In June of this year 13-year-old Jordan Romero attempted a summit climb of Mt. Everest. If successful he would set a record as the youngest person to climb the tallest mountain in the world. Before he ever set foot on the mountain, the criticism and advice began in the media. In the end, accompanied by his dad, he stood at 29,035 feet, the top of the world, and called his mom on a satellite phone. His parents not only allowed him to train for and make the climb, but encouraged and enabled his dream. They did this despite all criticism. In an effort to join the pseudo-parenting fray and give heed to advice from the media, China created new regulations that now restricts climbers to a minimum of 18 years of age.

                More recently, 16-year-old Abby Sunderland set sail in an effort to voyage solo around the world. In the middle of the Indian Ocean she encountered storms that broke the mast on her ship and destroyed her communications capability. After several days of searching she was rescued safe and sound. The outcry that began at the inauguration of her voyage only intensified with the latest development. Despite the criticism her parents gave their blessing on the trip and did their best to help with the voyage.

                Recently a family member of mine launched a direct attack on my sovereignty as a parent. The problem this person had with my wife and I was that we took our boys to see a movie that she didn’t approve of. She opened an exchange with us in a very public way by criticizing my decision on Facebook. Then followed an interesting exchange of e-mails that culminated with me making it more than clear that my rights and actions as a parent are none of her business and not open for discussion.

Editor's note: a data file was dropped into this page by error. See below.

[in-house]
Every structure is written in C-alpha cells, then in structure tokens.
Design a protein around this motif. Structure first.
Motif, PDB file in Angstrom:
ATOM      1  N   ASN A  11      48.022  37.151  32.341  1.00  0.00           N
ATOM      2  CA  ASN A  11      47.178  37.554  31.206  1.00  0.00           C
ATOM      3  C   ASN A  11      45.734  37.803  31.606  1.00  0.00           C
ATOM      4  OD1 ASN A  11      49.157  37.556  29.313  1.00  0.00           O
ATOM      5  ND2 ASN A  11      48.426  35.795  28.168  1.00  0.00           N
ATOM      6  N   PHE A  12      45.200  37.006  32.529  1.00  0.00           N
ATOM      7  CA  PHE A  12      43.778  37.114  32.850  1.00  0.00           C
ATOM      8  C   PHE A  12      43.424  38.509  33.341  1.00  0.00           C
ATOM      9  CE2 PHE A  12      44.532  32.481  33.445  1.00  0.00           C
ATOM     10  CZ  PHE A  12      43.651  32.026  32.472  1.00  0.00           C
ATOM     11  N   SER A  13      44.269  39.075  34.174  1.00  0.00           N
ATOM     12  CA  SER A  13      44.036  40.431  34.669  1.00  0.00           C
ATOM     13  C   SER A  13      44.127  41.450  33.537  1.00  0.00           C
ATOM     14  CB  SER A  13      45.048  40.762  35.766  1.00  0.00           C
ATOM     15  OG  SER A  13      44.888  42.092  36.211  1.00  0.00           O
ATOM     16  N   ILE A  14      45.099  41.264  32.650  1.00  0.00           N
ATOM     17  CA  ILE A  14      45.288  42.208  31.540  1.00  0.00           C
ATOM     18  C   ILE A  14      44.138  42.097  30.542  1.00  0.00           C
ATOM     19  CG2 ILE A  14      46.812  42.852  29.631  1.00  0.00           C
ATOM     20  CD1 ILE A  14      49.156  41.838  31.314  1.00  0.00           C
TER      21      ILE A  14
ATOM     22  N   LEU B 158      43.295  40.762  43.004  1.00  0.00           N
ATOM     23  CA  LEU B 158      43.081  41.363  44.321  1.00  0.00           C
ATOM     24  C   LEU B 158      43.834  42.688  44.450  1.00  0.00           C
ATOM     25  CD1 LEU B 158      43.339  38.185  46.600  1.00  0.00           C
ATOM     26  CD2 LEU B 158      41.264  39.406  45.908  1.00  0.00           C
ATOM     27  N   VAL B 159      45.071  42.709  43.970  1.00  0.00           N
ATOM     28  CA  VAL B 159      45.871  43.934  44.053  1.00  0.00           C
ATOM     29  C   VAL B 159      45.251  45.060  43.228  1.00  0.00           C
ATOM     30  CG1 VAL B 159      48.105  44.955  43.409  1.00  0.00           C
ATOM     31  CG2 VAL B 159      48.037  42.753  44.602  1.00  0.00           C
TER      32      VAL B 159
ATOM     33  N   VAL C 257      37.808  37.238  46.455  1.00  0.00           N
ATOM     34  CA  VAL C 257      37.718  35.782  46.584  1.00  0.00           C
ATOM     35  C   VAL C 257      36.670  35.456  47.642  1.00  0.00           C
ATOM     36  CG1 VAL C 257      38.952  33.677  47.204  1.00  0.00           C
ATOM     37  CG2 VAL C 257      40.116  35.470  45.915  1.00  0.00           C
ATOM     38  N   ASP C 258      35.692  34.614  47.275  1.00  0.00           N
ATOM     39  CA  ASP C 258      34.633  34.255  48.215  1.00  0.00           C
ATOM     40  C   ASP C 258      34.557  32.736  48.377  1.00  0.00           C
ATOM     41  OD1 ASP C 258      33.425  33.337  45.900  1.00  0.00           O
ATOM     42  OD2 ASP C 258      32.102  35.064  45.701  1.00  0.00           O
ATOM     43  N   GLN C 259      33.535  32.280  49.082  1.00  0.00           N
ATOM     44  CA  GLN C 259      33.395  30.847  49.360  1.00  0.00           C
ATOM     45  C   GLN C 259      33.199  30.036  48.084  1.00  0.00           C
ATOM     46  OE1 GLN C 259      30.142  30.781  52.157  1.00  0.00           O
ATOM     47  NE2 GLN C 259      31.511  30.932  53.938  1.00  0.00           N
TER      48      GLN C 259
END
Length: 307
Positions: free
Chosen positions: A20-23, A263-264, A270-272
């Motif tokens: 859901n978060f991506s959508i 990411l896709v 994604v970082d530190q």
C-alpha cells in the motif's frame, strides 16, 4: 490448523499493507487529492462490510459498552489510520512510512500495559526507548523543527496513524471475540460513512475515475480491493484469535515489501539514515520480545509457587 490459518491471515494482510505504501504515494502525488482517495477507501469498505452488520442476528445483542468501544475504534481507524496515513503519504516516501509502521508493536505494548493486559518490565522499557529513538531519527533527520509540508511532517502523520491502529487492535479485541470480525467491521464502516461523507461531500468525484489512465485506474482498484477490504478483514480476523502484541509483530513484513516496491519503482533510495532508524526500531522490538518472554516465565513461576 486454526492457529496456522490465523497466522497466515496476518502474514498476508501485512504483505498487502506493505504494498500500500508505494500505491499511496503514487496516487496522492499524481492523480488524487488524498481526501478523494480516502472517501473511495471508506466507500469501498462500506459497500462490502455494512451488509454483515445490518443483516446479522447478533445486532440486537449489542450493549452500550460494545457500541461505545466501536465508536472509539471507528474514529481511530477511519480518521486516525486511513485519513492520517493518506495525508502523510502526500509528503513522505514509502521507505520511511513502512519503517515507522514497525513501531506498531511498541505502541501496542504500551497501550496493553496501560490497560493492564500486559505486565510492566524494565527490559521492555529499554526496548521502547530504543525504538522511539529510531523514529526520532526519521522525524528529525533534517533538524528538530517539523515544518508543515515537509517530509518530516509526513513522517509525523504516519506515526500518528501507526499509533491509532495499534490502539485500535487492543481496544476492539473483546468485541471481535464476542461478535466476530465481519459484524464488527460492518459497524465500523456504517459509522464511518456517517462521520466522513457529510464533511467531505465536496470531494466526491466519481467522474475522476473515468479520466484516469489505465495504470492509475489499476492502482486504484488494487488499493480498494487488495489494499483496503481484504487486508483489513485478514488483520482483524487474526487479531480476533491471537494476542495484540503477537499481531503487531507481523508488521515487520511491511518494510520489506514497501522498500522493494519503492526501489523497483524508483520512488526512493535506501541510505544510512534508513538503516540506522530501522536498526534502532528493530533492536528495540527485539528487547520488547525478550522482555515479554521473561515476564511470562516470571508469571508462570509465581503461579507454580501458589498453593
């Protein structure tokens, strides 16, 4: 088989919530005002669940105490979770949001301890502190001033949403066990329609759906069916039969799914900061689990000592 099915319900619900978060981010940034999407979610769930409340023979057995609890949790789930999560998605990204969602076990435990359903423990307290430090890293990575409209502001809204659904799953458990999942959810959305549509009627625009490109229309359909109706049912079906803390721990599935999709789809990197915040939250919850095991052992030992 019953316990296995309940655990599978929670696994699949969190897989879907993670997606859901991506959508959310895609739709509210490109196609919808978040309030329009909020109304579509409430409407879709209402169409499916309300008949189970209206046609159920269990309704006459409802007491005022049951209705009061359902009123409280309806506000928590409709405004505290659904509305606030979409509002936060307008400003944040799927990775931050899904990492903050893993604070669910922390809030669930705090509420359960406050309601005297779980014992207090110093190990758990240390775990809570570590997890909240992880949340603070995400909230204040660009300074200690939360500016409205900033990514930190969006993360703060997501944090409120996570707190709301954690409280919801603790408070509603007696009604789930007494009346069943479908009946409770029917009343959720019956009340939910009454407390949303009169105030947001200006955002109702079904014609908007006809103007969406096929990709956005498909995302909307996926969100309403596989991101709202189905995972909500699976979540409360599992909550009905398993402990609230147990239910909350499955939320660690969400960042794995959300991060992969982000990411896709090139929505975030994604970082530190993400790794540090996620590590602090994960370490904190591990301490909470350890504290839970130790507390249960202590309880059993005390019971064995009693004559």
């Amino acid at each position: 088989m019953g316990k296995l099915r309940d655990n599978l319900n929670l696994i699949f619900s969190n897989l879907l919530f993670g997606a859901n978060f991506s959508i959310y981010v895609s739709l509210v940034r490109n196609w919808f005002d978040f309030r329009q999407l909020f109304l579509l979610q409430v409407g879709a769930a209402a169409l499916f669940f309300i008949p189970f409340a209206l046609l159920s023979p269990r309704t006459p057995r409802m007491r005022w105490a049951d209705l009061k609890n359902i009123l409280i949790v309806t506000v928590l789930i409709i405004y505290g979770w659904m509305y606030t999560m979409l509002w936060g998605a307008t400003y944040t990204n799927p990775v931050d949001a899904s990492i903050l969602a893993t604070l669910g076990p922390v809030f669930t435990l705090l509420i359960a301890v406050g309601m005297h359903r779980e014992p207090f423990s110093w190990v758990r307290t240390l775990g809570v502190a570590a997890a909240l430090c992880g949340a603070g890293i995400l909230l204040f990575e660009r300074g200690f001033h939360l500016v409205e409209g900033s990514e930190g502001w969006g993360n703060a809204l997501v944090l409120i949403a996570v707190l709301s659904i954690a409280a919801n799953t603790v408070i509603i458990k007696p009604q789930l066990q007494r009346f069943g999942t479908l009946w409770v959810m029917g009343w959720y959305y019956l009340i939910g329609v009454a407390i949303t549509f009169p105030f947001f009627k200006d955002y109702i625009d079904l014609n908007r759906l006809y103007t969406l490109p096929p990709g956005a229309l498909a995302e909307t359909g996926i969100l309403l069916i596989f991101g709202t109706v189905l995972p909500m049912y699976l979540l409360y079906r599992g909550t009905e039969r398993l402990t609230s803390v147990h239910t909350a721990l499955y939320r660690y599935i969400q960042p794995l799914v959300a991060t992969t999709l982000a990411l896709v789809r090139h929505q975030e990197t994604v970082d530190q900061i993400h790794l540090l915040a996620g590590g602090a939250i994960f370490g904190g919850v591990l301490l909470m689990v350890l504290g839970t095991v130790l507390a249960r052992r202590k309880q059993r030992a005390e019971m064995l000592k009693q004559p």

Now, no one is perfect, especially as a parent. I’ve made more mistakes as a parent than in any other single area in my life. Parenting is a learning experience in which most of our education is by way of mistakes made. Think of it like doctors who practice their profession and are always learning. The thing about parenting is that we don’t need all those mistakes pointed out to us or thrown in our faces. That’s for the actual mistakes. Most unsolicited parenting advice comes about because of perceived mistakes, things you didn’t actually do wrong but that others don’t agree with.

                As a general rule, unsolicited parenting advice is never welcome. Unless parents are doing something recklessly dangerous or detrimental to their kids, there’s no reason for someone else to say anything. The two adventures mentioned, mountain climbing and sailing, are not recklessly dangerous. They were planned calculated choices that parents and children made together.

                If a situation ever occurs in which you feel it necessary to offer unsolicited advice, do it right. Doing it the wrong way, as in my situation, can cause a rift in an otherwise healthy relationship. Offer advice, not criticism. Do it in a loving manner. Don’t overdo it and don’t make demands. It’s a tricky thing, but it can be done right.

In case anyone’s interested, I have two boys. They’re too young to climb Everest or attempt trans-oceanic voyages right now. If they decide to later though, I’ll support them. I’ll help them find the right training. I’ll help them fund their goals. But I will not kill their dreams because someone else thinks their idea of parenting is better than mine.